Testing new technology

Wacom product demo gives student voice in equipment choices

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Diana Baker / The Torch
Mac Bohlman, a media arts student, tries out a Mobile Studio Pro device during a Wacom product demo event on January 26 in the LCC Media Arts Lab.

The Media Arts Department at Lane hosted a Wacom product demo on Jan. 26 to help determine future equipment choices. A variety of drawing tablets and devices were provided for students to try out, including some already offered for use in media arts equipment checkout. Jan Halvorsen, a media arts faculty member, led a team of student workers in organizing the event. Halvorsen wanted to get feedback about what tools students would likely use so that the department could look into future purchases for the media arts equipment checkout.

Around thirty students visited over the course of the event to try out digital drawing, sculpting and tracing equipment. Halvorsen and student workers were on hand to show event participants how the tools work.

Misty Holmes, a graphic design major, explained that digital tablets have an expansive range of production uses. The smooth workflow the digital interface provides has practical application for those working in graphic design, animation, 3-D modeling, audio production and video editing.

Diana Baker / The Torch
Jan Halvorsen, left, a media arts faculty member, shows students Bryan Emanuel, center, and DJ Martinez, right, how to use the Cintiq 22HD. The pen display was designed to meet the needs of creative professionals.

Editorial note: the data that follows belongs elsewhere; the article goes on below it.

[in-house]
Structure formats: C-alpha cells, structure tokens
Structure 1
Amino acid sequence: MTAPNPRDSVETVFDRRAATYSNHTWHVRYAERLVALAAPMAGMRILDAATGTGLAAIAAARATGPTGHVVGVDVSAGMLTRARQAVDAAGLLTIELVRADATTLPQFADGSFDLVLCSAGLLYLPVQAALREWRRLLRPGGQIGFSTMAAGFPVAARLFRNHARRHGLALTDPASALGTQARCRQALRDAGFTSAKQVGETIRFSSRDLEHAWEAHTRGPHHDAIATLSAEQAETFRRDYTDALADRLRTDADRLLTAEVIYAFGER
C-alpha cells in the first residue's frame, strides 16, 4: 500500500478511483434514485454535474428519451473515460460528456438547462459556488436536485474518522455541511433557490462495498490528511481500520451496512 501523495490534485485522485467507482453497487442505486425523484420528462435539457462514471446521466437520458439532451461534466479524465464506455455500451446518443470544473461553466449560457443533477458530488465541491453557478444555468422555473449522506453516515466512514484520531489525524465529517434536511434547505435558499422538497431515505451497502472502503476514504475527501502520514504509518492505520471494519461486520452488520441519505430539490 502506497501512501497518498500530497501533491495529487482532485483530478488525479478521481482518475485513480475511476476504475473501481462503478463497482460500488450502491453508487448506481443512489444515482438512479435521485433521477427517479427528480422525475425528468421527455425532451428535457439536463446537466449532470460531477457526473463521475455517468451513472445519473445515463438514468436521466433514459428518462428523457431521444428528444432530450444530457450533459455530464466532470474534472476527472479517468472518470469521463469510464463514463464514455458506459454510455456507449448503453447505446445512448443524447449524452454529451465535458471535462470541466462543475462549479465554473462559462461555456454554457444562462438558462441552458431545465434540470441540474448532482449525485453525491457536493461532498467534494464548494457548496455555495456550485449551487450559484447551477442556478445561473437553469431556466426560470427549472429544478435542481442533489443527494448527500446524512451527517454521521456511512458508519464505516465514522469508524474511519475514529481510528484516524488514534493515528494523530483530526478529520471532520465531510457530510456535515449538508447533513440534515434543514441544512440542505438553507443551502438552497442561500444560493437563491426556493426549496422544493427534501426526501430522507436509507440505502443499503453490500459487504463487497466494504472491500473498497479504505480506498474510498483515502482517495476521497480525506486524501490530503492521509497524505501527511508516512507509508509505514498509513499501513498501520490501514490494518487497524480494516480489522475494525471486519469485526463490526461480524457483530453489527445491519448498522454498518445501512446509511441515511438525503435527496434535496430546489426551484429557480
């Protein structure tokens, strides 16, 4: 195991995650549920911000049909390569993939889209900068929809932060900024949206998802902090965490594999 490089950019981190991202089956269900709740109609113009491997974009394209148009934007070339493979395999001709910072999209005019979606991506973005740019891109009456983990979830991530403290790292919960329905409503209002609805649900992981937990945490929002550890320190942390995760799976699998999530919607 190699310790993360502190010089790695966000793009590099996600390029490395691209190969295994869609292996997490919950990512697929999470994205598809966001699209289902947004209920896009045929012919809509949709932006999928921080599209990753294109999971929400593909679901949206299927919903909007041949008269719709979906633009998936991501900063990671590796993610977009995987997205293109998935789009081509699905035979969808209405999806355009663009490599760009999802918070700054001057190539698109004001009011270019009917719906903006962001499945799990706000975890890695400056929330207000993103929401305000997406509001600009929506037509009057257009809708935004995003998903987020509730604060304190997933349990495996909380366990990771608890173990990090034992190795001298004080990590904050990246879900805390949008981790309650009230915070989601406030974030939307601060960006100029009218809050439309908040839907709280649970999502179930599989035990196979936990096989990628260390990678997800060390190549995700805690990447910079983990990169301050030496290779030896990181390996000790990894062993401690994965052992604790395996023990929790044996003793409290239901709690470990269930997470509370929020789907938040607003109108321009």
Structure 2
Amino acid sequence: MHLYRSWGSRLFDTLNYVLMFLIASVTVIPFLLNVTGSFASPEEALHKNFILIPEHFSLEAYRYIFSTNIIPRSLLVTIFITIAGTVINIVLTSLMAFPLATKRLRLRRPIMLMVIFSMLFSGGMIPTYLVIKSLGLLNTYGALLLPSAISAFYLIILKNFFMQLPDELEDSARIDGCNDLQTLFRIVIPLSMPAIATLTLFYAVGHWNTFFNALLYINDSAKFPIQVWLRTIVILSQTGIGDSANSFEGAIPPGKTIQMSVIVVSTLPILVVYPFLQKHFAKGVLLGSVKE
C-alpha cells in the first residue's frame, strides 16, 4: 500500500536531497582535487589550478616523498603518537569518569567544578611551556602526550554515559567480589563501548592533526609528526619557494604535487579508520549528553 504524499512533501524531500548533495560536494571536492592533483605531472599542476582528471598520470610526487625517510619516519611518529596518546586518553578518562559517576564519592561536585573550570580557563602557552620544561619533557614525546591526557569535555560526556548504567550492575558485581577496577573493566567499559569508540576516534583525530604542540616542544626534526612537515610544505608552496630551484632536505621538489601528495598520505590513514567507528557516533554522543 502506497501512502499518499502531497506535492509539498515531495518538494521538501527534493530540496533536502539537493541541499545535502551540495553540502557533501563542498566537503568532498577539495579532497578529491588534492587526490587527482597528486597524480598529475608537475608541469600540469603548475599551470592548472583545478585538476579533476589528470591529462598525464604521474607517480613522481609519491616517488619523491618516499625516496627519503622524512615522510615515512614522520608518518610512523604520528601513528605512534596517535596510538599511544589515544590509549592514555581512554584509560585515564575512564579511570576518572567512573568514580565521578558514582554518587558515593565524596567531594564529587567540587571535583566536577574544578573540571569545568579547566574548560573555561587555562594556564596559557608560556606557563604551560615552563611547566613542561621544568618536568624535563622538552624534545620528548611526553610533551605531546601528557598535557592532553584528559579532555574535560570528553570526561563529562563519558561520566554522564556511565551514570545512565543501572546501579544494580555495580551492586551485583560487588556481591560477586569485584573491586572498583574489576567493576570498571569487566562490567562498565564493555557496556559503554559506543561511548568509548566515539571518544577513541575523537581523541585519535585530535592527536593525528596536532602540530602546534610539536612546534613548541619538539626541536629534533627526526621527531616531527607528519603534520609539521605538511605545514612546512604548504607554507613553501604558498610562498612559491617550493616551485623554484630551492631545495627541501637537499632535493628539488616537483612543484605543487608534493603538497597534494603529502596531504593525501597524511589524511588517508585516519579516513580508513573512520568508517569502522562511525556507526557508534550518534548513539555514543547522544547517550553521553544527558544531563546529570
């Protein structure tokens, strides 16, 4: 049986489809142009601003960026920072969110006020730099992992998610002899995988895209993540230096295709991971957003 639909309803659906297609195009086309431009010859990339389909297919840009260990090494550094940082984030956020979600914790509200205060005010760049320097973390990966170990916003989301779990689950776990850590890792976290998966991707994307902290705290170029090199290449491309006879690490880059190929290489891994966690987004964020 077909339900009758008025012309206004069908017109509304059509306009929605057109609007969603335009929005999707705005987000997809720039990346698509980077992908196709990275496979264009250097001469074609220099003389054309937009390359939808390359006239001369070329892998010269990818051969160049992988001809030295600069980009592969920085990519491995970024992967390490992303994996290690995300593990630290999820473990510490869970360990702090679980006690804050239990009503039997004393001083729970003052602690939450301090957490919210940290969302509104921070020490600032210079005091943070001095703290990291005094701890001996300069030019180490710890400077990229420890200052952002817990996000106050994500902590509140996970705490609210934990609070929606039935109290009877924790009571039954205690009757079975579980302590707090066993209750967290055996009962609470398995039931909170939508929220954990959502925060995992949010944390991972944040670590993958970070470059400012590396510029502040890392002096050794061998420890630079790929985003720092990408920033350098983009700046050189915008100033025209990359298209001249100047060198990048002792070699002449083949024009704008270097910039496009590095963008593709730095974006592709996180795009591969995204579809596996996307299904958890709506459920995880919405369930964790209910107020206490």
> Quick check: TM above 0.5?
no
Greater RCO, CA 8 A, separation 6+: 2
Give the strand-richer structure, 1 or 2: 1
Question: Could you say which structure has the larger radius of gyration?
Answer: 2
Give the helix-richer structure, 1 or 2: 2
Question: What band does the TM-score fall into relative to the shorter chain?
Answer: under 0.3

The media arts checkout currently has Wacom Intuos tablets for student use. The pen and the tablet serve as a way for the user to communicate with the software more ergonomically than the standard mouse and keyboard. It functions like a large laptop mousepad, and the pressure-sensitive pens allow the user to make thicker or thinner lines depending on how hard they press on the pen. During the product demo, some students used the tablets for drawing while others used it for 3-D modeling. New products on display included the Intuos Pro Paper, the Mobile Studio Pro, and the Cintiq Pro 16.

The Intuos Pro Paper is like the tablets already available but uses a physical pen. A piece of paper is attached to the screen, the physical pen draws on the paper, which is then transferred digitally to the software. Emmet Crass, Multimedia Design and Graphic Design student, found its use a bit limited. He considered it good for transferring sketches from drawing to digital, but the lack of pressure sensitivity limited it as an art tool.

Diana Baker / The Torch
Emmet Crass, a media arts student, tries out the Intuos Pro Paper while Damian McDonald, a media arts faculty, tries out the Cintiq 16. Crass found the Pro Paper useful for transferring line art sketches to a computer, but saw the lack of erasing option to be a big drawback.

The Mobile Studio Pro was a drawing tablet that also displayed the screen on its surface and was compatible with the pressure-sensitive pen. Mac Bohlman, a student worker aiming for a career in animation, found the Mobile Studio Pro to be her favorite.

“It makes it quicker to draw. You can feel what you’re drawing, and it makes animating more natural,” Bohlman said.

The Cintiq Pro 16 is a self-contained device, so the user doesn’t need to plug it into a computer to work. The Media Arts Lab has its larger counterpart, the Cintiq 22HD, for students to use, mounted on its own stand for ergonomic drawing. It’s a touch-screen computer device paired with a pressure-sensitive pen. The Cintiq Pro 16’s smaller size makes it a mobile tool that can fit into a backpack, like a digital sketchbook with its own software system.

Bryan Emanuel, game development student, and DJ Martinez, a media arts student, tried out the media lab’s Cintiq 22HD. Emanuel, who returned to Lane to learn Maya, Unity, and other

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